Monday, August 9, 2010

Schnitzen mit der Kettensage 08.09.10 -08.14.10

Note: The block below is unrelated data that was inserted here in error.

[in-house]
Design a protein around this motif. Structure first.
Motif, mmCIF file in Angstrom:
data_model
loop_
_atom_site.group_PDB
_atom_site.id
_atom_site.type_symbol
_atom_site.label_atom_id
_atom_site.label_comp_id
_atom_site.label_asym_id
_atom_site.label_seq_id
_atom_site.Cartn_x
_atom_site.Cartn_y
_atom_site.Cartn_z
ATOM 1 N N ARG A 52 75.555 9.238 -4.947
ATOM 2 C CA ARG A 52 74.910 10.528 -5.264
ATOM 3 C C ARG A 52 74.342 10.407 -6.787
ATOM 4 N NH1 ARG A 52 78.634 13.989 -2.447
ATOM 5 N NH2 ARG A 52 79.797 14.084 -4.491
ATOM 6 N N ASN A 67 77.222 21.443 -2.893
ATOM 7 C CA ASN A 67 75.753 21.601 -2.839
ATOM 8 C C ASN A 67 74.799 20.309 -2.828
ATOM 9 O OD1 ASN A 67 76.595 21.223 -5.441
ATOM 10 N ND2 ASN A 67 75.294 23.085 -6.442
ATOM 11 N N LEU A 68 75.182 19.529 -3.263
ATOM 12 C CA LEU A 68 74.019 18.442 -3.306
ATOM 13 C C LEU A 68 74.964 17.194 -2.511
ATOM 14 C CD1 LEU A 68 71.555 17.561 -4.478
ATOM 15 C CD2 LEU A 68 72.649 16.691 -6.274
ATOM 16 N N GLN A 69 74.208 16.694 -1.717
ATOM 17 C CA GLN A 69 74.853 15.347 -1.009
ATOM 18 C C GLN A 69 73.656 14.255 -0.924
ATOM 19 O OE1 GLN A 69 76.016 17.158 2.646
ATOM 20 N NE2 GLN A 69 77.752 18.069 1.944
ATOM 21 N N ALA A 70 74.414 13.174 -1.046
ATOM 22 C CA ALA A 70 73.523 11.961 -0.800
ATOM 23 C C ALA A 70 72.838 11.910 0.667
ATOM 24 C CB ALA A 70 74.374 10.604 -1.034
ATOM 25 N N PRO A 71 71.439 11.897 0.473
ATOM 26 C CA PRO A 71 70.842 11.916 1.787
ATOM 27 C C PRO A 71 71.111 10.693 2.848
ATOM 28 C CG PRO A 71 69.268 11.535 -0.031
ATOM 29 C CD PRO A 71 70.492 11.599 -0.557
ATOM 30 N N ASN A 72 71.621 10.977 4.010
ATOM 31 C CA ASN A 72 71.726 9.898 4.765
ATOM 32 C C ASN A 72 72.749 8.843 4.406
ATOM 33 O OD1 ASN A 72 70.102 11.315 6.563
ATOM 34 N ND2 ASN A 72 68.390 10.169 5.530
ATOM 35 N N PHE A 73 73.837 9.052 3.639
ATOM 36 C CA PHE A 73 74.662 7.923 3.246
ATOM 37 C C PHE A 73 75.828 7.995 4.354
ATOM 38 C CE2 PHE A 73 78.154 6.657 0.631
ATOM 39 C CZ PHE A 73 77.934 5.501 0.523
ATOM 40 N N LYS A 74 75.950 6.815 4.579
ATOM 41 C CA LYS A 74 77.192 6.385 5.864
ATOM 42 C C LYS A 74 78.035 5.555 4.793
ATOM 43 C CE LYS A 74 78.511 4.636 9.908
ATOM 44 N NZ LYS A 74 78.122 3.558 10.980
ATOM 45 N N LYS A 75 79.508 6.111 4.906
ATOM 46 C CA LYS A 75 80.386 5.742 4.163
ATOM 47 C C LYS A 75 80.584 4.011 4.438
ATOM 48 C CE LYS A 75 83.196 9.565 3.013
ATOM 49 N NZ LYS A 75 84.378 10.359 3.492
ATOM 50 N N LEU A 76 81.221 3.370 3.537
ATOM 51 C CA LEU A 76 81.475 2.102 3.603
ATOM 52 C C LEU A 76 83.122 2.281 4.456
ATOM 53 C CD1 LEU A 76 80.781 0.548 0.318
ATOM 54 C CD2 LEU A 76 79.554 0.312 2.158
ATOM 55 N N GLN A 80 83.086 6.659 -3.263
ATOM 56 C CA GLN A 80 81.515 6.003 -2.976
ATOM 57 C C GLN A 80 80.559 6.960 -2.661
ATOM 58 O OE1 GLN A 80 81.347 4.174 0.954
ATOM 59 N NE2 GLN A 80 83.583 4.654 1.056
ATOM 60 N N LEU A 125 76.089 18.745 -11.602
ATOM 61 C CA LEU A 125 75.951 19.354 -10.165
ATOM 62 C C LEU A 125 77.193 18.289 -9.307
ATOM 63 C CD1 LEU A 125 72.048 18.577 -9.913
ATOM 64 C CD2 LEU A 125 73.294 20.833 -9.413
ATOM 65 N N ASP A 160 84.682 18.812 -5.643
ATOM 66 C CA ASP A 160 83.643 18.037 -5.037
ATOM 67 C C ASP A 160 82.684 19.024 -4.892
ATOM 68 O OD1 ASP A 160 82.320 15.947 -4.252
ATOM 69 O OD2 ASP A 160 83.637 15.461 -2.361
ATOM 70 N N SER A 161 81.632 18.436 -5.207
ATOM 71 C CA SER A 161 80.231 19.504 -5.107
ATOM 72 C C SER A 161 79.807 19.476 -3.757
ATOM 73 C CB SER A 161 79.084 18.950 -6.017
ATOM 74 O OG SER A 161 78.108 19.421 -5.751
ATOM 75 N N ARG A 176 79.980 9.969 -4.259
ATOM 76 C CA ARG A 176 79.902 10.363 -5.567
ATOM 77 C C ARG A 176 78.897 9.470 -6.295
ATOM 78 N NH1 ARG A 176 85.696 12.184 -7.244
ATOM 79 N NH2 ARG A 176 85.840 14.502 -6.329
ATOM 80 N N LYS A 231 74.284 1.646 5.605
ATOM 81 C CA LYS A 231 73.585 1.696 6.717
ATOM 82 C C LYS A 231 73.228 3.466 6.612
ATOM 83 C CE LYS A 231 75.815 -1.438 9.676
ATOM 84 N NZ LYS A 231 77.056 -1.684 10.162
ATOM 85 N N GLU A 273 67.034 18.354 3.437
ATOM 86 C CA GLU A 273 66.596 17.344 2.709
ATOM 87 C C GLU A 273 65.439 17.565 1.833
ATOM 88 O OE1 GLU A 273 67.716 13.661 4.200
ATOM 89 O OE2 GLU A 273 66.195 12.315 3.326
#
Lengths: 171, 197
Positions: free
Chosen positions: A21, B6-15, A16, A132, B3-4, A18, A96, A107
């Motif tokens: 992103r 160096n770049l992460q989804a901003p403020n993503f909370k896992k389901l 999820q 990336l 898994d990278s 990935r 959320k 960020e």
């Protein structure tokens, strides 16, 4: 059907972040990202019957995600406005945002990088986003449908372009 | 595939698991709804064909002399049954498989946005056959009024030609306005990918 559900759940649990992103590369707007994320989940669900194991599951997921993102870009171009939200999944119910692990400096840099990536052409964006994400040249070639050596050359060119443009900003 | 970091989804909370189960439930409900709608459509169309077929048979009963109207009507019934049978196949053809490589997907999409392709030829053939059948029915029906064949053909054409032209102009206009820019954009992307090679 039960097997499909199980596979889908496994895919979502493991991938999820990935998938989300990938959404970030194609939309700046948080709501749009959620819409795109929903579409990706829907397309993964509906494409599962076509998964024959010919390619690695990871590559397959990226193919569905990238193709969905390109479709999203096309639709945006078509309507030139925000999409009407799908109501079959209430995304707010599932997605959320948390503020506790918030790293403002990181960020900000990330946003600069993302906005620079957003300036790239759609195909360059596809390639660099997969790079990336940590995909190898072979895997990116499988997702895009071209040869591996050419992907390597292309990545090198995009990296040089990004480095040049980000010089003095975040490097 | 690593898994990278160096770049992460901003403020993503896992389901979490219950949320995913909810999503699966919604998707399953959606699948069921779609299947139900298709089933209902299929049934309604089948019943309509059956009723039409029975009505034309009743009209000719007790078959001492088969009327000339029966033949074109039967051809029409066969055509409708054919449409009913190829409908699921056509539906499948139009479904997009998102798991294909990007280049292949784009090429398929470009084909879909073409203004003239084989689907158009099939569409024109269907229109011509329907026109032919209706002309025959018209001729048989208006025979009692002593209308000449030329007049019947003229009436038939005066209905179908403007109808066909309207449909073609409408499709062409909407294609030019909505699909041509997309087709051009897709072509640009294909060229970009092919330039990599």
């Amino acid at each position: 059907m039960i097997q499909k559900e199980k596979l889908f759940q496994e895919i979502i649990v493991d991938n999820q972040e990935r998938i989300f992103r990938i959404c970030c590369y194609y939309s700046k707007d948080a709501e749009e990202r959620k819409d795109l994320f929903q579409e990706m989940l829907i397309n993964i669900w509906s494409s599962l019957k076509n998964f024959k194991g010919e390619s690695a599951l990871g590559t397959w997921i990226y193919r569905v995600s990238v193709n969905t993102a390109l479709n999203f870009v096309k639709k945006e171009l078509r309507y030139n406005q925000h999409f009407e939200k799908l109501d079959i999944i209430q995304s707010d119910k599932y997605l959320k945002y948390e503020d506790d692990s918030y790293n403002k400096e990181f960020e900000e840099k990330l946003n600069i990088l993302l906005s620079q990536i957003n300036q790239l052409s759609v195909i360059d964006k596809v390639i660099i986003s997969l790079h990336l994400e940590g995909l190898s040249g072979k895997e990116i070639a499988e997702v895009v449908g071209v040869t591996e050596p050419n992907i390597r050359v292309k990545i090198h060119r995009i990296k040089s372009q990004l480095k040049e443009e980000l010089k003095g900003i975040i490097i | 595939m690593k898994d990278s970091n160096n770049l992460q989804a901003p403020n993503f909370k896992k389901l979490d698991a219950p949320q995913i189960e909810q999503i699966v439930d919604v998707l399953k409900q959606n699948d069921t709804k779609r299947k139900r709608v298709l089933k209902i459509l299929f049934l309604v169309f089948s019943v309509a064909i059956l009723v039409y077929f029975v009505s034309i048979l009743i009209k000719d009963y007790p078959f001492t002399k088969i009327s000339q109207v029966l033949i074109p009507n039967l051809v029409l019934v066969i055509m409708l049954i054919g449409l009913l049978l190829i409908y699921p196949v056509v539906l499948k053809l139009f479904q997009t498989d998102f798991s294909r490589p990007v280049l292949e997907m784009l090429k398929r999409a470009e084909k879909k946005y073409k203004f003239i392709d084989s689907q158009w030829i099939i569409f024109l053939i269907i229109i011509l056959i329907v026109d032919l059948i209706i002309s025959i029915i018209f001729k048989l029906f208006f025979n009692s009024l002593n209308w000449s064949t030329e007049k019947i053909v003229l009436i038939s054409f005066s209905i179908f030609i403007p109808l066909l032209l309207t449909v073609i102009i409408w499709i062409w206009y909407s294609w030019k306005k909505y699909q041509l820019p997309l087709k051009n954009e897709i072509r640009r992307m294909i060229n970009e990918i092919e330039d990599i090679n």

Chainsaw Carving is something I've dabbled in over the years but I've never had the opportunity to take an actual structured class, until now. I've had an interest in this type of carving since the early 90's and actually visited a chainsaw carver in the Catskills, by the name of Hal MacIntosh. Hal told me the best way to learn chainsaw carving was to go watch some chainsaw carvers, buy a chainsaw, and start carving. I did just that. I've been able to produce a few good pieces this way, but still wanted more instruction than watching someone else do the craft. It is next to impossible to find a class in the US. Fortunately, since falling in love with the Geislor Moroder School of Woodcarving in Elbigenalp Austria, 3 years ago, I had the perfect facility to learn this art form. We met last night at the new pavilion Martin Geislor is having built for the outdoor classes he holds at the school. It is a beautiful open air pavilion which is timber framed in the local pine. Our instructor, Michael (I will determine his last name for my next blog entry . . . shame on me), started the class by lecturing on the basics of the chainsaw, and did a great demonstration on how to sharpen the blade using a flat and round file. The lecture was of course in German (I am in Austria by the way) but a few of the other students spoke some english and were very helpful in translating for me. Michael speaks a fair amount of english as well and gave me me a little one on one training after the lecture to make sure I fully understood. He explained that we would be starting the class by carving a boot. He would use this lesson so we could get a chance to try out some cuts, while at the same time allowing him to evaluate each students ability. Everyone got a small model to copy from and we went to the log pile to pick out our first piece of pine. The logs were big enough around to allow us to blow up the boot about 4 times. After de-barking the logs Michael had us measure the extreme dimensions of the boot and mark off a rectangle on the end of the log that of course would be big enough to enclose the boot. Once the rectangle was determined Michael showed the group the best way to slab off the sides of the log with the chainsaw. We were working with electric chainsaws that had a dime sized tip bar on them. The short carving bar was not long enough to reach across the width of the log so Michael demonstrated how we could take the slab off in two cuts, one from the right and one from the left. Michael also showed us a couple of other types of cuts that could be practiced in the waste pieces before they were removed. We spent the balance of the day creating our boots and at about 3:30 we gathered for our critic. Michael went around the pavilion and gave a critic on the good and bad points of each person's carving. You'll find that chainsaw carving is very fast and everyone had more than enough time to finish the carving by days end. After the critic we all gathered in the model room to pick a model for carving. I chose (what else) a figure. Next stop, the wood pile, to pick out our logs. I found a log which was big enough to multiply the model about 7 times. The carving will end up being about 5 feet tall. Once the logs were cut and moved into position we ended the class for the day. It was quite a workout, and I am thoroughly exhausted but anxious to get started on the carving tomorrow.

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